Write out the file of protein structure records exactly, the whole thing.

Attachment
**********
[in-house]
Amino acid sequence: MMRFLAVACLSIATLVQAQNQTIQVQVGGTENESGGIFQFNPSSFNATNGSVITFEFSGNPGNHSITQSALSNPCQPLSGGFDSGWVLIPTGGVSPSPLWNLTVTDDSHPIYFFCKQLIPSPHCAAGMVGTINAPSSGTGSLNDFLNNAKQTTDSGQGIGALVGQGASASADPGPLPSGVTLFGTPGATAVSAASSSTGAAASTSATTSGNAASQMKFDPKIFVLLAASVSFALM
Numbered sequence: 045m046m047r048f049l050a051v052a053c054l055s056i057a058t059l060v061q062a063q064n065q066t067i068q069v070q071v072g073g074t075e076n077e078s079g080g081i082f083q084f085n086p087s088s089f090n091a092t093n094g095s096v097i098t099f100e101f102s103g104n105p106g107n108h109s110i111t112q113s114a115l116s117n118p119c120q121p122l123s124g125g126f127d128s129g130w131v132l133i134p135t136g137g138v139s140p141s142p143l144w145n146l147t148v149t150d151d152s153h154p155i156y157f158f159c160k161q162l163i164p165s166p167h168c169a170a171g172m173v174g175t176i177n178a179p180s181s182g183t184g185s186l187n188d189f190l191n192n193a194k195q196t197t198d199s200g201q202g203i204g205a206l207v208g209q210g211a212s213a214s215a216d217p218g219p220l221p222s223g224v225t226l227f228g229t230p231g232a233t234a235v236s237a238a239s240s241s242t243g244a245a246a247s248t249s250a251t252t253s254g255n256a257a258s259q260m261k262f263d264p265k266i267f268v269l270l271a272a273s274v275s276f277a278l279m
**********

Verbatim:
[in-house]
Amino acid sequence: MMRFLAVACLSIATLVQAQNQTIQVQVGGTENESGGIFQFNPSSFNATNGSVITFEFSGNPGNHSITQSALSNPCQPLSGGFDSGWVLIPTGGVSPSPLWNLTVTDDSHPIYFFCKQLIPSPHCAAGMVGTINAPSSGTGSLNDFLNNAKQTTDSGQGIGALVGQGASASADPGPLPSGVTLFGTPGATAVSAASSSTGAAASTSATTSGNAASQMKFDPKIFVLLAASVSFALM
Numbered sequence: 045m046m047r048f049l050a051v052a053c054l055s056i057a058t059l060v061q062a063q064n065q066t067i068q069v070q071v072g073g074t075e076n077e078s079g080g081i082f083q084f085n086p087s088s089f090n091a092t093n094g095s096v097i098t099f100e101f102s103g104n105p106g107n108h109s110i111t112q113s114a115l116s117n118p119c120q121p122l123s124g125g126f127d128s129g130w131v132l133i134p135t136g137g138v139s140p141s142p143l144w145n146l147t148v149t150d151d152s153h154p155i156y157f158f159c160k161q162l163i164p165s166p167h168c169a170a171g172m173v174g175t176i177n178a179p180s181s182g183t184g185s186l187n188d189f190l191n192n193a194k195q196t197t198d199s200g201q202g203i204g205a206l207v208g209q210g211a212s213a214s215a216d217p218g219p220l221p222s223g224v225t226l227f228g229t230p231g232a233t234a235v236s237a238a239s240s241s242t243g244a245a246a247s248t249s250a251t252t253s254g255n256a257a258s259q260m261k262f263d264p265k266i267f268v269l270l271a272a273s274v275s276f277a278l279m